Turmeric Print Page

Common Namescurcumin, curcuminoids, turmeric root
Scientific Namescurcuma longa, curcuma domestica

 

Bottom Line

Effectiveness: Turmeric may modestly improve pain in knee osteoarthritis.

Safety: Likely safe when used orally and topically in appropriate amounts for up to 8 months.

What is turmeric?

  • Turmeric is a spice that comes from the turmeric root. It is used to flavour and colour some curry powders, mustards, butters, and cheeses.  Curcumin is a yellow pigment used in food colouring.  It is one of the major active ingredients from the turmeric root called curcuminoids.

What is it used for in people with rheumatic conditions?

  • Turmeric has been used for the management of osteoarthritis and rheumatoid arthritis to reduce joint pain and improve function.

How is it thought to work?

  • The active part of turmeric, curcumin, has been shown to reduce inflammation and act as an antioxidant.

Does it Work? What the Science Says:

Osteoarthritis and rheumatoid arthritis 500 mg 2–4 times daily:

  • Limited research suggests that turmeric extract may be modestly effective in reducing pain and improving functionality in patients with OA and RA after 6 – 8 weeks of treatment.
  • A small study showed a commercial formulation of turmeric (Meriva®) used at 500 mg twice daily modestly reduced pain and improved functionality in patients with knee OA.
  • A four week long randomized control study with 367 patients with knee OA showed that taking turmeric extract 500 mg three times daily demonstrated non-inferiority to ibuprofen 400 mg three times daily for reducing knee pain in OA.  Both groups showed clinical improvement on a 10 point WOMAC pain scale (change (percent improvement) from baseline): -2.23 (41.3%) ibuprofen vs -1.94 (36.6%) turmeric.  There was similar use of rescue tramadol between groups (2/185 1.1% ibuprofen group vs 5/185 2.7% turmeric group).  Patients taking turmeric had less abdominal pain/discomfort than the ibuprofen group, but more loose stools.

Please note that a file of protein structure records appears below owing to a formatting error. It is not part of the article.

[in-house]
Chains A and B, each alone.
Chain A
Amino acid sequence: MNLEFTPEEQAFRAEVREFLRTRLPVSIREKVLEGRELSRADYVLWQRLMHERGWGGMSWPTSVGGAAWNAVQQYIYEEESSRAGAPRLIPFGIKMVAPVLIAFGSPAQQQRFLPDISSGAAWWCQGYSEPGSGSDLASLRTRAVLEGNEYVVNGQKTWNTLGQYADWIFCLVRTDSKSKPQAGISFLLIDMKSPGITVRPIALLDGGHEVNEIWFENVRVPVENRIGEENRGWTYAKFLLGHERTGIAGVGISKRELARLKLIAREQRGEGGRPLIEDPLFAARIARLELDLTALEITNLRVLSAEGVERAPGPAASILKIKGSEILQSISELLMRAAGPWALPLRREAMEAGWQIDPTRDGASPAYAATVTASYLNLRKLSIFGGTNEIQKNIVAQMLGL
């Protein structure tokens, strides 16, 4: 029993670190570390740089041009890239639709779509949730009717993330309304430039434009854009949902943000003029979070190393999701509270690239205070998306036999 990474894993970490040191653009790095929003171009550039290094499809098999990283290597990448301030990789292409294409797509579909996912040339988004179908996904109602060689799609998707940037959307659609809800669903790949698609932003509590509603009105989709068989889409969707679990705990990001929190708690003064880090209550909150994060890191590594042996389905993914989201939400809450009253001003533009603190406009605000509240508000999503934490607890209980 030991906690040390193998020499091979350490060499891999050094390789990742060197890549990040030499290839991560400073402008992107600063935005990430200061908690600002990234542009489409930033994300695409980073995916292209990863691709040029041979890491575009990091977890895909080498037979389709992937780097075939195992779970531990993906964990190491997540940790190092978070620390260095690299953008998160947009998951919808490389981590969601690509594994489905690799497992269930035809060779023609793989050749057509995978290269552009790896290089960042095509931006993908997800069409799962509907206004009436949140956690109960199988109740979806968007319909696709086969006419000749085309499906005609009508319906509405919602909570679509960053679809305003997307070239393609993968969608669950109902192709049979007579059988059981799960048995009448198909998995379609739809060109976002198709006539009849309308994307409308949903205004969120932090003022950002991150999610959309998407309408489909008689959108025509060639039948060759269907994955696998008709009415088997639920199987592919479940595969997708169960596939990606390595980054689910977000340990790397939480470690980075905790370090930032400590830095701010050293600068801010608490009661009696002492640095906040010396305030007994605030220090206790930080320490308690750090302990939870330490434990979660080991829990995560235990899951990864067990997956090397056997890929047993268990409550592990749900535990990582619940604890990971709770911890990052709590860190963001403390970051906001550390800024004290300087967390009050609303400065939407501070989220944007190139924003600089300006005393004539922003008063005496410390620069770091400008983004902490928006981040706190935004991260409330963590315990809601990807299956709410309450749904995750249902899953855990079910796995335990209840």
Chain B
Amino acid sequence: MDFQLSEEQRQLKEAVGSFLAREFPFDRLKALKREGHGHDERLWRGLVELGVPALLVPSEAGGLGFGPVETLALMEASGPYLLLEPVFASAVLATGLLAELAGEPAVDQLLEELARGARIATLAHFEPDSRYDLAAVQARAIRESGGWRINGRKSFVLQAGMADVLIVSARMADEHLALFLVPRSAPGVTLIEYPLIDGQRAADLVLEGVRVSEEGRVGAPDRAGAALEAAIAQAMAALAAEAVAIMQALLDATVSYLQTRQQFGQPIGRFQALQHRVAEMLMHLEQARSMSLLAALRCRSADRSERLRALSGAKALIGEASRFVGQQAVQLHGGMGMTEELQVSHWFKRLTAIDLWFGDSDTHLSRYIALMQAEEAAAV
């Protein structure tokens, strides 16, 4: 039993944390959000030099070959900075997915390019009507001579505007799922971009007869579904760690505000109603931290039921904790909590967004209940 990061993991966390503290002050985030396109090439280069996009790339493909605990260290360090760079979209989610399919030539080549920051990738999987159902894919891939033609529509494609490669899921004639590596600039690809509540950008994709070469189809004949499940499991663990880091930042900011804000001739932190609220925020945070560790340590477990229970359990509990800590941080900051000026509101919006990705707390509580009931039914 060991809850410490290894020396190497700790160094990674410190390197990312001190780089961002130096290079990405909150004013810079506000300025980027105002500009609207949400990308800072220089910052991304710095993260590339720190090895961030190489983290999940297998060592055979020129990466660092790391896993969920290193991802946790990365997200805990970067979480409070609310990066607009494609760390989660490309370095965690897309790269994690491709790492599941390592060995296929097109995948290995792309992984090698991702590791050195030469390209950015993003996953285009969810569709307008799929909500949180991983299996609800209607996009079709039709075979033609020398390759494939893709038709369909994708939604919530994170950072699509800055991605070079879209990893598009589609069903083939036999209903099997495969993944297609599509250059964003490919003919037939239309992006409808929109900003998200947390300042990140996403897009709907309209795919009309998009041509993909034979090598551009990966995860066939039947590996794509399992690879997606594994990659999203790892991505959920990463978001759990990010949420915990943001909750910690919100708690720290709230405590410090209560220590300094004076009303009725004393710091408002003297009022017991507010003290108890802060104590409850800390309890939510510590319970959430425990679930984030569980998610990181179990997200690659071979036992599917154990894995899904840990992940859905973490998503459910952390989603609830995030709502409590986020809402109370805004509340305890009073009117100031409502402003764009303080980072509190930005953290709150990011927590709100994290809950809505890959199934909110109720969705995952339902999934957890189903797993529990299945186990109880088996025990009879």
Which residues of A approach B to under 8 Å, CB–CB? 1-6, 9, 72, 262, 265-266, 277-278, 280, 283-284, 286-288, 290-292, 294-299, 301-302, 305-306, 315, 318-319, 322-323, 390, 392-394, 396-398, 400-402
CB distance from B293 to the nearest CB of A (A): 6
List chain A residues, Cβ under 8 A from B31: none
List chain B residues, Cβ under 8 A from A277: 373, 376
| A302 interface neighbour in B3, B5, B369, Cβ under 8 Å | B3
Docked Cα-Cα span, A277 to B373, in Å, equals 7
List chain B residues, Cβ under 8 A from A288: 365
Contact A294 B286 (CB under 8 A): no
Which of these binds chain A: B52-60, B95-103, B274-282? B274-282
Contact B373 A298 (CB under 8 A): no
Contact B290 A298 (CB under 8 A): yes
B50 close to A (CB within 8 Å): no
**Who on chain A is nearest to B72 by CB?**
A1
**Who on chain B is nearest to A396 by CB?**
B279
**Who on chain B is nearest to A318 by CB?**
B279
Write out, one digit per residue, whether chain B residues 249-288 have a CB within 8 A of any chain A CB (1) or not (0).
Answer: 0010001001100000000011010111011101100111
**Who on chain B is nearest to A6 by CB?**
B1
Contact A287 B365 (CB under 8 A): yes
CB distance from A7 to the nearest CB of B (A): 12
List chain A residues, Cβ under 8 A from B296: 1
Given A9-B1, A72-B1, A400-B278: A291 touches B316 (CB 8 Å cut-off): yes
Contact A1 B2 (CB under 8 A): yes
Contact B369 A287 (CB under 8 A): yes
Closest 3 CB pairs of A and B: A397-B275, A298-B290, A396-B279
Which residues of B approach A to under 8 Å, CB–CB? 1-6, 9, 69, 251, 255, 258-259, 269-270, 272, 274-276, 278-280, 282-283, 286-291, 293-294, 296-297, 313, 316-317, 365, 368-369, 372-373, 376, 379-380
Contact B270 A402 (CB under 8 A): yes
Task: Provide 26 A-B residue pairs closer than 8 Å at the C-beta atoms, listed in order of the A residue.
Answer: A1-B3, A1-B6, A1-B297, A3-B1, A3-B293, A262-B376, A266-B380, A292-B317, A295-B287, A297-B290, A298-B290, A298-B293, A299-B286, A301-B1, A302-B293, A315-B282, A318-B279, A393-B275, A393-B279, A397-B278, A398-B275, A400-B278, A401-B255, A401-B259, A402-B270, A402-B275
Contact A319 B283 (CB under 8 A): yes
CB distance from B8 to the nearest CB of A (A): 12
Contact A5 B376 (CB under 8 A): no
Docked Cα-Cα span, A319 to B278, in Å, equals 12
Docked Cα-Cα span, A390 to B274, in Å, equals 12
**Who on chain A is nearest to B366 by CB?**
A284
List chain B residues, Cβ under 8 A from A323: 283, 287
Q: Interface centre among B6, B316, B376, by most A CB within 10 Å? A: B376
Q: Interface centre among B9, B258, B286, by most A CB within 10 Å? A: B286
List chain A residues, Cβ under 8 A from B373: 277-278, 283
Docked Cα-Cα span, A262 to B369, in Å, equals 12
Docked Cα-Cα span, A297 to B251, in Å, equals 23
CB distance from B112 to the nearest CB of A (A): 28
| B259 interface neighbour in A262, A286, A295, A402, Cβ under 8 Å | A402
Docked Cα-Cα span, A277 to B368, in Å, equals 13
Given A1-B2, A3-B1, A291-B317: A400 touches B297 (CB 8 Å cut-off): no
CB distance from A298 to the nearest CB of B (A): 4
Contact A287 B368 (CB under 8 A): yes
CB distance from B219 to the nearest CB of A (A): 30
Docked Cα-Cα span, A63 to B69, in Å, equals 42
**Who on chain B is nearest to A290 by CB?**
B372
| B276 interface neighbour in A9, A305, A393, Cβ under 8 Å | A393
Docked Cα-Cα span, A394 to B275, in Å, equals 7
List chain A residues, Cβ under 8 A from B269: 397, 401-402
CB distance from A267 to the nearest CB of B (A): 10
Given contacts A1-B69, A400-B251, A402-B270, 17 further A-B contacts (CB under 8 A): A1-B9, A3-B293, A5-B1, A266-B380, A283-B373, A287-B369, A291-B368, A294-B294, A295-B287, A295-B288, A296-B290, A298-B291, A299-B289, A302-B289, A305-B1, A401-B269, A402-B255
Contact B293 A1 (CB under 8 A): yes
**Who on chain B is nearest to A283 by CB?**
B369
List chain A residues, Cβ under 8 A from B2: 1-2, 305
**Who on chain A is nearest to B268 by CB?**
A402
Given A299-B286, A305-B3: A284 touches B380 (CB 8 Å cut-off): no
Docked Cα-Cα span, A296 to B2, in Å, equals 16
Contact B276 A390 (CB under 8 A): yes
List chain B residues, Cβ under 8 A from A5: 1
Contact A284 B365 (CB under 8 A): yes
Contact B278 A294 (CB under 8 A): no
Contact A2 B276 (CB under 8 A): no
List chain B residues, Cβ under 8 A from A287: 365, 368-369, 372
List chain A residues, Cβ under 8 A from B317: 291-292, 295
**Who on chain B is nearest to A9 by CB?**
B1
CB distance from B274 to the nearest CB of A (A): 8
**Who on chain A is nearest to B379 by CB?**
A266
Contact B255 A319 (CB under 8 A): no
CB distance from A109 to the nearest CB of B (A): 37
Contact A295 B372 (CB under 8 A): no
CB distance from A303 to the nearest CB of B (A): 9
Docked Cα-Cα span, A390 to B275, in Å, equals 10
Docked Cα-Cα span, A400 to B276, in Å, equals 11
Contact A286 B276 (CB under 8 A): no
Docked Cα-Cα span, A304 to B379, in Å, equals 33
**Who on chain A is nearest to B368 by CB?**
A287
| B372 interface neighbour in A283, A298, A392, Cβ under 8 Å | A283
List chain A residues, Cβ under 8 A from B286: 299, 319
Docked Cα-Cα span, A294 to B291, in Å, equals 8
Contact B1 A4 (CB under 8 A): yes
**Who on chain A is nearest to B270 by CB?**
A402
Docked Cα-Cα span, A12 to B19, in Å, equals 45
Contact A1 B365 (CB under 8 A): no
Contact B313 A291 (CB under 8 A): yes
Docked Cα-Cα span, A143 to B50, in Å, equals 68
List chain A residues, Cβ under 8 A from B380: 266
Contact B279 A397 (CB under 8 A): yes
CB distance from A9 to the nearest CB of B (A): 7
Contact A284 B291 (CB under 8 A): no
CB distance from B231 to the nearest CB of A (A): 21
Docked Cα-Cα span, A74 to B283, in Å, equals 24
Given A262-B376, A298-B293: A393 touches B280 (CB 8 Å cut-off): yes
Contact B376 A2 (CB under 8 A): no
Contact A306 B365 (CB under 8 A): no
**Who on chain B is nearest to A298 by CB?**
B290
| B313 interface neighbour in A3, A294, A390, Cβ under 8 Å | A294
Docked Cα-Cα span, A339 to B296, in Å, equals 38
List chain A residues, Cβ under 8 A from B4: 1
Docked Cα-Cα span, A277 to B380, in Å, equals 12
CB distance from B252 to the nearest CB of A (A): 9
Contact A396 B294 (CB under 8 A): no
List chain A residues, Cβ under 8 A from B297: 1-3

• Lack of reliable evidence to support use of turmeric in RA.
    • Long-term efficacy and safety are unknown.
    • Small, well conducted trial showed turmeric was effective for reducing OA pain with a good safety profile over 4 weeks.

What are possible side effects and what can I do about them?

  • Turmeric products are generally well tolerated if taken orally. Common side effects reported include: heartburn, bloating, diarrhea, nausea and vomiting.

Interactions

With drugs:

  • Turmeric may reduce the amount platelets clump together (platelet aggregation). It may interact with anticoagulant/antiplatelet drugs by increasing risk of bruising and/or bleeding.  
    • Common antiplatelet and anticoagulant drugs may include: warfarin (Coumadin), ASA (Aspirin), and clopidogrel (Plavix), ticagrelor (Brilinta), prasugrel (Effient), enoxaparin (Lovenox), dalteparin (Fragmin), dabigatran (Pradaxa), rivaroxaban (Xarelto), apixaban (Eliquis) and others.

With Other Diseases:

  • May induce gallbladder contraction, which may worsen symptoms and cause abdominal pain in patients with gallbladder or gallstone disease.
  • May cause acid reflux and heartburn, which may worsen GERD symptoms.
  • Has antiplatelet effects, which may increase risk of bleeding during surgeries. Stop turmeric at least 2 weeks prior to surgical procedures.

With other natural health products:

  • Turmeric may reduce the amount platelets clump together (platelet aggregation). It may interact with other natural health products that affect the way platelets clump together (platelet aggregation), increasing the risk of bruising and/or
    • Such as: garlic, ginger, ginkgo, certain types of ginseng, and red clover, and others. 

Visit www.albertarheumatology.com to learn more.
For more information about turmeric, consult your physician and pharmacist.



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